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Diane Dreher's Tao Leadership Blog

The Tao of Inner Strength

The Tao Te Ching tells us:

 

Analyzing others is knowledge.
Knowing yourself is wisdom.
Managing others requires skill.
Mastering yourself takes inner strength.

 

Tao Te Ching, Chapter 33

 

Descriptions of leadership usually refer to the leader as manager, strategist, commander-in-chief, emphasizing instrumental skills of communication, planning and problem solving.

 

But beyond these skills, beyond externals, is the one essential strength: knowing ourselves.

 

"Know thyself" Socrates taught in ancient Greece and as the Tao Te Ching reminds us, effective leadership requires us to recognize our own strengths and weaknesses, and strive to become more balanced, more centered more whole.

 

Only then can we meet our inevitable challenges without being reactive, without falling into excesses of ego—fear, anger, and defensiveness. Only then can we see more clearly, act more wisely, responding to the energies around us from a center of balance within us.

 

How can we develop our center of balance? The answers come from sources as old as the Tao Te Ching, as new as research in neuroscience: from a commitment to contemplative practice.

 

Contemplative practice is more vital than ever today. The chronic stress in our world can put us on constant alert, blocking our vision and compassion for ourselves and those around us. Unable to focus or be fully present, we can become increasingly defensive, making reactive, hasty decisions that only increase the suffering within and around us.

 

Neuroscience research has shown how a contemplative practice cultivates mindfulness, enhancing our cognitive function, strengthening those areas of the brain that regulate emotion.

 

Mindfulness brings us greater clarity and balance while improving our capacity to respond empathically to the people around us (Hölzel, Lazar, Gard et al, 2011; see also Goleman, & Davidson, 2017). And it doesn't take much. Research has shown significant results after only two months of practice (Condon, Desbordes, Miller, & DeSteno, 2013).

 

How about you? Do you have your own contemplative practice? If not, you might begin by checking out one of Jon Kabat-Zinn's short mindfulness meditations on Youtube.

 

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Beyond Theory X

The Tao Te Ching tells us:

 

With the best of leaders,
When work is done,
The project completed,
The people all say,
"We did it ourselves,"

 

Tao Te Ching, Chapter 17

 

The Tao remind us that leadership involves bringing out the best in people. Unfortunately, some companies still treat clients like commodities and employees like replaceable parts. This is what management scholar Douglas McGregor called "Theory X," a hierarchical approach to management that considers the institution more important than the people within it (McGregor, 1960, p. 50). In a corporate version of the caste system, micro-managers look down on workers, expecting them to mindlessly follow orders, subordinating themselves to the "common good" or profitability of the corporation.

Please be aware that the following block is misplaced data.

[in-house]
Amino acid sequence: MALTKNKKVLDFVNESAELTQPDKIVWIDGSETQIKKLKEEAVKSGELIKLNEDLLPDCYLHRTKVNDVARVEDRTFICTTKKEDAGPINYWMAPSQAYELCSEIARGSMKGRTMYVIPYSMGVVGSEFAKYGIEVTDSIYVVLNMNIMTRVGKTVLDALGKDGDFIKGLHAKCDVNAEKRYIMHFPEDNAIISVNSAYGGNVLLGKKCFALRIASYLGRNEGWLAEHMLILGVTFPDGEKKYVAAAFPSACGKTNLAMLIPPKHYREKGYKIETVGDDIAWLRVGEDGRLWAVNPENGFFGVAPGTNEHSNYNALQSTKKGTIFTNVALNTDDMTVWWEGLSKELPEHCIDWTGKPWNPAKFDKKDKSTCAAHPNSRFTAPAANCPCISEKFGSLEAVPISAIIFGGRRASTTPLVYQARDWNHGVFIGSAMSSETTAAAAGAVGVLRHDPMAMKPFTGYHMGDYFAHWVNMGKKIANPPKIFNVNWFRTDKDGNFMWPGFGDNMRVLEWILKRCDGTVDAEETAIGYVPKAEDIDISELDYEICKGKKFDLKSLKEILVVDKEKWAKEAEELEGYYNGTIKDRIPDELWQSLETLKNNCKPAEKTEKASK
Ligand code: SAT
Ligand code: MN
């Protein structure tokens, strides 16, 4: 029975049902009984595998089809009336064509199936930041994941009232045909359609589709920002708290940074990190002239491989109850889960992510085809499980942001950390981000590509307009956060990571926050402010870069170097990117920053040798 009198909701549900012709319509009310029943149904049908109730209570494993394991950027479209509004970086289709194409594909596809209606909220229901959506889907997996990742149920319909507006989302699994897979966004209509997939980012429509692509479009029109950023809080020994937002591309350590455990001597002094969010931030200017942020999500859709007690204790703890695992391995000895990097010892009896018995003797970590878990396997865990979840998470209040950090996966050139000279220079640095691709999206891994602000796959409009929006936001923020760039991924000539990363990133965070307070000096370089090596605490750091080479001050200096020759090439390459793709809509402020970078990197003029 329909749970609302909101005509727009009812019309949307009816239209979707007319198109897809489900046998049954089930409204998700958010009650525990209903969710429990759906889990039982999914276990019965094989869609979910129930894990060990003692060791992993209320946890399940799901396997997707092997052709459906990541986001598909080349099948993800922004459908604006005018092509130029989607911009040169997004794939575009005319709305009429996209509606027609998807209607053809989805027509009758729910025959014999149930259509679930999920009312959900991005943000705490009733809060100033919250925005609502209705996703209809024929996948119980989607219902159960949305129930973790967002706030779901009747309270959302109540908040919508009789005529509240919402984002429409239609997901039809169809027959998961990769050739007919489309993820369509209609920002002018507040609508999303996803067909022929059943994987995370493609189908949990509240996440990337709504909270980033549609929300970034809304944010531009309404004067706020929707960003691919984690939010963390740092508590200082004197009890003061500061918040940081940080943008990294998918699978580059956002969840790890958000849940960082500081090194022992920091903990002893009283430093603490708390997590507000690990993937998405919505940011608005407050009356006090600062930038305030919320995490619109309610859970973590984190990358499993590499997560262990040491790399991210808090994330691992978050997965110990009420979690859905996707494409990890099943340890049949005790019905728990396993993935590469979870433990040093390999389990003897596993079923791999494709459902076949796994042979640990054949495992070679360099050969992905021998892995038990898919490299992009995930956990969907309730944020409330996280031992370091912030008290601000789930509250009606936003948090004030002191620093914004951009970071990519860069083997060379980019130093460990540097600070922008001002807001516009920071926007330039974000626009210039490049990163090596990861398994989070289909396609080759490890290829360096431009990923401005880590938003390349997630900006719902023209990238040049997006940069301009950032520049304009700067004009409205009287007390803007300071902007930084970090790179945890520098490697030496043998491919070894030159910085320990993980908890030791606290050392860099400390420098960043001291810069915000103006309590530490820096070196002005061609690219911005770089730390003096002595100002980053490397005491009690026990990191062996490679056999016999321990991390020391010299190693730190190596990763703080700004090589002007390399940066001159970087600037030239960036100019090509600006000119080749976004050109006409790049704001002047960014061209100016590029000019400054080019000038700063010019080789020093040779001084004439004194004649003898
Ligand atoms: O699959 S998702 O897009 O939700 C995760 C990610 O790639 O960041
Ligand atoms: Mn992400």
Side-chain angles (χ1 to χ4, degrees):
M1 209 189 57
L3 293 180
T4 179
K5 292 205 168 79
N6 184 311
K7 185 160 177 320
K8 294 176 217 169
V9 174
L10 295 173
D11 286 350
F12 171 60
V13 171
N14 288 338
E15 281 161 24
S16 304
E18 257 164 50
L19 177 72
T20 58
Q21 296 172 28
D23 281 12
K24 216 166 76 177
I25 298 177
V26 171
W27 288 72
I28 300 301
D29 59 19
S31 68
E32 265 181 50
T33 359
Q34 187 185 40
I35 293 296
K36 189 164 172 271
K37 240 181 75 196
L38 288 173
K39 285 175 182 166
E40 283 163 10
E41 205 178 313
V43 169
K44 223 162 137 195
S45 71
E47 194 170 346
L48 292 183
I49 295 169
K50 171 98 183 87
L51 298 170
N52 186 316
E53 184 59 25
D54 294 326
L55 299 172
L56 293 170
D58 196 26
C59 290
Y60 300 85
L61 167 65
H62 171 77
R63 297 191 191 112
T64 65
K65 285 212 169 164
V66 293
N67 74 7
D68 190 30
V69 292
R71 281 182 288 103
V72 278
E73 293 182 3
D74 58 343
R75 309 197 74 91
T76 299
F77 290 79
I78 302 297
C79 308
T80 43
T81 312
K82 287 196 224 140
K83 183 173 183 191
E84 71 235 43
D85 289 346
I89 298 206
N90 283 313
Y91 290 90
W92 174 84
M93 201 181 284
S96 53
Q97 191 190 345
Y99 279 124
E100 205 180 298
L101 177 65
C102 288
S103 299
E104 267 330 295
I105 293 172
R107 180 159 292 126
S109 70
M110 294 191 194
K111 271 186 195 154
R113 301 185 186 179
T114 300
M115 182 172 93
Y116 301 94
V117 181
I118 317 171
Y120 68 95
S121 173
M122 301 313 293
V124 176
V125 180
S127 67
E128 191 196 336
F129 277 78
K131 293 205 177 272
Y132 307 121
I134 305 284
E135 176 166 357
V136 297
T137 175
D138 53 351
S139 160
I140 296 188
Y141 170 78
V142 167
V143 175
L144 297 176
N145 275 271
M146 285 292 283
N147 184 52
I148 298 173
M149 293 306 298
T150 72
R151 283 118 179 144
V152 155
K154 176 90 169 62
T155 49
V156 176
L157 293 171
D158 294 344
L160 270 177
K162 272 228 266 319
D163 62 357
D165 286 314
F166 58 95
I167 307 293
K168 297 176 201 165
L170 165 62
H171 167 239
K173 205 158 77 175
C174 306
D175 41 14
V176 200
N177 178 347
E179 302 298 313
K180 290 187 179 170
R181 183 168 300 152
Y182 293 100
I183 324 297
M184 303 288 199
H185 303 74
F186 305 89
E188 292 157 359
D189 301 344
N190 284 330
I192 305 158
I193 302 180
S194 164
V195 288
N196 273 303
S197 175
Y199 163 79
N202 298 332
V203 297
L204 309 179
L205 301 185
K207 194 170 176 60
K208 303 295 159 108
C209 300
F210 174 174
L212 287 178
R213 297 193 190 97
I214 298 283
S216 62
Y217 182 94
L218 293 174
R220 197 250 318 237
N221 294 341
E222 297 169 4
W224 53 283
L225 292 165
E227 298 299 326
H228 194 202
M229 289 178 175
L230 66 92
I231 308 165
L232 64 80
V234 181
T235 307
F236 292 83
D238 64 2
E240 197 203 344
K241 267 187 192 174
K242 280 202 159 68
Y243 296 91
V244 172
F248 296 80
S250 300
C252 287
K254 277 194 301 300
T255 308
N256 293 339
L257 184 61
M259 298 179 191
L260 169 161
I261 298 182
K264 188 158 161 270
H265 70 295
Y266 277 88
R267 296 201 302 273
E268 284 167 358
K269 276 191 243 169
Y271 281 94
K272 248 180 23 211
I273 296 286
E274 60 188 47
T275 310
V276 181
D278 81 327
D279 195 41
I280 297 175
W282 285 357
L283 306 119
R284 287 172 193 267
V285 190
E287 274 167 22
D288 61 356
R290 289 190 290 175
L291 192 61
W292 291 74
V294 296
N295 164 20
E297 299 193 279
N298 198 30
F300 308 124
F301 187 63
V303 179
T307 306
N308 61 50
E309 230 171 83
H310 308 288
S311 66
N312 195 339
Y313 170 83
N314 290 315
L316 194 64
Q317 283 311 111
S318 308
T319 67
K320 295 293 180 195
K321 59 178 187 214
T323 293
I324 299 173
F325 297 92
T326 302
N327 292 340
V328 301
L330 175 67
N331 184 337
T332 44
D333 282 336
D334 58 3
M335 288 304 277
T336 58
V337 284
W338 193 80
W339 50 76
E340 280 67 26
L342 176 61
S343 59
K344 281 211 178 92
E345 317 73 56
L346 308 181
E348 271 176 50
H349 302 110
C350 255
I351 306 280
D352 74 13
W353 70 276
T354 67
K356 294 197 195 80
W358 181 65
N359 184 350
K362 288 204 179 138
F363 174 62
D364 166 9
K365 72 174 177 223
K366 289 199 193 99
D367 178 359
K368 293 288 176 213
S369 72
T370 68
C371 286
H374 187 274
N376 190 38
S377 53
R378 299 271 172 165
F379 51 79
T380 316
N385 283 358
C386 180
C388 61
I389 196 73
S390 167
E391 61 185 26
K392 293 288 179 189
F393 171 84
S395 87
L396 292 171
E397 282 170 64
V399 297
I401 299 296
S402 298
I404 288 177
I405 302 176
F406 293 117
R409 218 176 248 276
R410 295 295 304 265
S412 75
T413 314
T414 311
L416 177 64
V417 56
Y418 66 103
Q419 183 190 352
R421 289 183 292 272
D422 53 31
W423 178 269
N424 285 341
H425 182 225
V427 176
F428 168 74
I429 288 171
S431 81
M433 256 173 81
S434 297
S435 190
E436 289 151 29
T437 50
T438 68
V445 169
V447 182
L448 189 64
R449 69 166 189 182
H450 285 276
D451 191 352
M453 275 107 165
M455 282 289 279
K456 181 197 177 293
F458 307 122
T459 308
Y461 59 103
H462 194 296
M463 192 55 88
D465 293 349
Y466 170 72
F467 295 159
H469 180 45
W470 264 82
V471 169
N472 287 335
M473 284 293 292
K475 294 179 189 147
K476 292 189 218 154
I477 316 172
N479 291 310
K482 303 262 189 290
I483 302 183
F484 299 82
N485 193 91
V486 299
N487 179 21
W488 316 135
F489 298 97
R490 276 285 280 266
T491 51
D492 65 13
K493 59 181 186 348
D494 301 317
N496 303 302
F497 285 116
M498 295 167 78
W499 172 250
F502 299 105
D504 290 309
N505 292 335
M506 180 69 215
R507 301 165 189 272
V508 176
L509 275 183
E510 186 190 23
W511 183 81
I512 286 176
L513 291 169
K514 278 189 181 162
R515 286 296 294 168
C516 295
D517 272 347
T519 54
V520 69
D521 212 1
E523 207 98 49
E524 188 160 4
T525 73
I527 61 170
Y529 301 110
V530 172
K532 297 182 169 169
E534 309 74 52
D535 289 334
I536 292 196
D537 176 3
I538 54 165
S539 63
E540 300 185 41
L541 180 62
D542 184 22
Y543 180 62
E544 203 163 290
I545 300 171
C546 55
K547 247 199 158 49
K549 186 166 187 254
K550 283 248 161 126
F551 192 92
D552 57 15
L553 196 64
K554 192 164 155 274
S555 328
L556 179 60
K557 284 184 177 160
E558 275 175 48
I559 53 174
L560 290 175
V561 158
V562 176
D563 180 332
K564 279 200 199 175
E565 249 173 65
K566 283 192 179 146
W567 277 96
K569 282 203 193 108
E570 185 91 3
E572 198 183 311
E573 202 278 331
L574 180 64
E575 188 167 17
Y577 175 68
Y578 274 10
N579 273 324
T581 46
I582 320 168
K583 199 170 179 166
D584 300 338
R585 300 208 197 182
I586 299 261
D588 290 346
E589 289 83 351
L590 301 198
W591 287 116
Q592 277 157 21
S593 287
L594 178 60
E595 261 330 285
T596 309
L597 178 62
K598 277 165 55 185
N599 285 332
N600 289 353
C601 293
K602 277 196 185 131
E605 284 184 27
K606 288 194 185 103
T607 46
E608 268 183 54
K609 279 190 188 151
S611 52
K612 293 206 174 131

For leaders who follow the Tao, such an approach is ridiculous. The Taoist vision is holistic: we cannot separate the parts from the whole. For Tao leaders, the individual members are the institution. And current research supports this Tao vision, showing that positive work cultures are far more productive (Seppala & Cameron, 2015).

 

Reducing employees to mere functionaries not only stunts their growth as human beings but makes the institution stagnate as well. By increasing positive emotions and well-being, supporting the personal and professional growth of the people around them, a Tao leader builds the health of the institution. Just as a lake is the sum of many drops of water, an institution is only as healthy as the individuals within it.

What about you? How healthy is your organization?

 

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When Respect is Missing. . .

   

The Tao Te Ching tells us:

 

When people lack respect,
Trouble follows.

 

Tao Te Ching, Chapter 72

 

The Tao remind us of the subtle energies that make up all existence. Consciously or unconsciously, people sense these energies and know when respect is missing, when they are being devalued. Morale suffers. Productivity declines. A company that does not respect its employees and clients will not keep them. An atmosphere that lacks internal harmony invariably drives people away.

 

When I was in graduate school at UCLA, I worked in a new Creole restaurant in Santa Monica. With its spicy food and upbeat atmosphere, the restaurant made a promising start. The waiters were aspiring actors who would often dance, burst into song, and exchange lines from popular shows. Working as cashier was a pleasant diversion from my studies.

 

But then then restaurant owners had an argument and stopped speaking to each other. Things fell apart. First we didn't get our paychecks on time. Then the customers stopped coming.

 

"How did they know?" I wondered. The place looked the same, the staff was the same, and the food hadn't changed. But something was wrong with the energies. In three months, the little restaurant closed its doors. The lack of respect between the owners had destroyed it.

 

What about you? Are the energies at your workplace respectful or disrespectful? How can you tell—and is there something you can do about it?

 

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